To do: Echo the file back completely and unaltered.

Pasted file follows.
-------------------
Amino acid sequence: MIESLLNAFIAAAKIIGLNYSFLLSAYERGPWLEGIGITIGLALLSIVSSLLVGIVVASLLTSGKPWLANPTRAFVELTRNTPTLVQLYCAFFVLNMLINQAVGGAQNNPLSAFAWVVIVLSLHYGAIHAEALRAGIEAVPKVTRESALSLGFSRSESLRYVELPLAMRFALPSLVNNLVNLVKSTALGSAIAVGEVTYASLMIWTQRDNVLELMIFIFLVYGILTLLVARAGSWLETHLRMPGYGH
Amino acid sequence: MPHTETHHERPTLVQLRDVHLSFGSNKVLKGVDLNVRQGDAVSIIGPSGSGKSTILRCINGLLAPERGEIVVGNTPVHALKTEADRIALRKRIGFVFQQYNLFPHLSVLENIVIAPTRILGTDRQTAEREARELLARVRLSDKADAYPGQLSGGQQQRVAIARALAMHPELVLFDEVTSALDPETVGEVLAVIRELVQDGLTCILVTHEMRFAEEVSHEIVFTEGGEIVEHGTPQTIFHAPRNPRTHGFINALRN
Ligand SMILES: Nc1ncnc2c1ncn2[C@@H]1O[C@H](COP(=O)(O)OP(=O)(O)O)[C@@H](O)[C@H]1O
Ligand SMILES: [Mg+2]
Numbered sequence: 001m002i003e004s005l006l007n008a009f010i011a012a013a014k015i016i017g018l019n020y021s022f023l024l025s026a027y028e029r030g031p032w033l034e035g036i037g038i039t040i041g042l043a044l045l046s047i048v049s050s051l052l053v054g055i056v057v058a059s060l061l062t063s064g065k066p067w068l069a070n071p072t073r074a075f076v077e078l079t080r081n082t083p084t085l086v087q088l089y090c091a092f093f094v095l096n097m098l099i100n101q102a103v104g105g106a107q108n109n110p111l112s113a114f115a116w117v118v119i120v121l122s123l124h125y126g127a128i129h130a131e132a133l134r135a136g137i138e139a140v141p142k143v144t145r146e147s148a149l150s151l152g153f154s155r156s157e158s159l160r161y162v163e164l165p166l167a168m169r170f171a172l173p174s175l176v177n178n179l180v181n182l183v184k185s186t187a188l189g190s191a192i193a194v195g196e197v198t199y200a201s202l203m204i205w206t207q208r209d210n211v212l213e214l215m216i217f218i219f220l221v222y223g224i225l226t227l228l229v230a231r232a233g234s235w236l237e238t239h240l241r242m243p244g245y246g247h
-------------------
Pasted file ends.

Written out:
Amino acid sequence: MIESLLNAFIAAAKIIGLNYSFLLSAYERGPWLEGIGITIGLALLSIVSSLLVGIVVASLLTSGKPWLANPTRAFVELTRNTPTLVQLYCAFFVLNMLINQAVGGAQNNPLSAFAWVVIVLSLHYGAIHAEALRAGIEAVPKVTRESALSLGFSRSESLRYVELPLAMRFALPSLVNNLVNLVKSTALGSAIAVGEVTYASLMIWTQRDNVLELMIFIFLVYGILTLLVARAGSWLETHLRMPGYGH
Amino acid sequence: MPHTETHHERPTLVQLRDVHLSFGSNKVLKGVDLNVRQGDAVSIIGPSGSGKSTILRCINGLLAPERGEIVVGNTPVHALKTEADRIALRKRIGFVFQQYNLFPHLSVLENIVIAPTRILGTDRQTAEREARELLARVRLSDKADAYPGQLSGGQQQRVAIARALAMHPELVLFDEVTSALDPETVGEVLAVIRELVQDGLTCILVTHEMRFAEEVSHEIVFTEGGEIVEHGTPQTIFHAPRNPRTHGFINALRN
Ligand SMILES: Nc1ncnc2c1ncn2[C@@H]1O[C@H](COP(=O)(O)OP(=O)(O)O)[C@@H](O)[C@H]1O
Ligand SMILES: [Mg+2]
Numbered sequence: 001m002i003e004s005l006l007n008a009f010i011a012a013a014k015i016i017g018l019n020y021s022f023l024l025s026a027y028e029r030g031p032w033l034e035g036i037g038i039t040i041g042l043a044l045l046s047i048v049s050s051l052l053v054g055i056v057v058a059s060l061l062t063s064g065k066p067w068l069a070n071p072t073r074a075f076v077e078l079t080r081n082t083p084t085l086v087q088l089y090c091a092f093f094v095l096n097m098l099i100n101q102a103v104g105g106a107q108n109n110p111l112s113a114f115a116w117v118v119i120v121l122s123l124h125y126g127a128i129h130a131e132a133l134r135a136g137i138e139a140v141p142k143v144t145r146e147s148a149l150s151l152g153f154s155r156s157e158s159l160r161y162v163e164l165p166l167a168m169r170f171a172l173p174s175l176v177n178n179l180v181n182l183v184k185s186t187a188l189g190s191a192i193a194v195g196e197v198t199y200a201s202l203m204i205w206t207q208r209d210n211v212l213e214l215m216i217f218i219f220l221v222y223g224i225l226t227l228l229v230a231r232a233g234s235w236l237e238t239h240l241r242m243p244g245y246g247h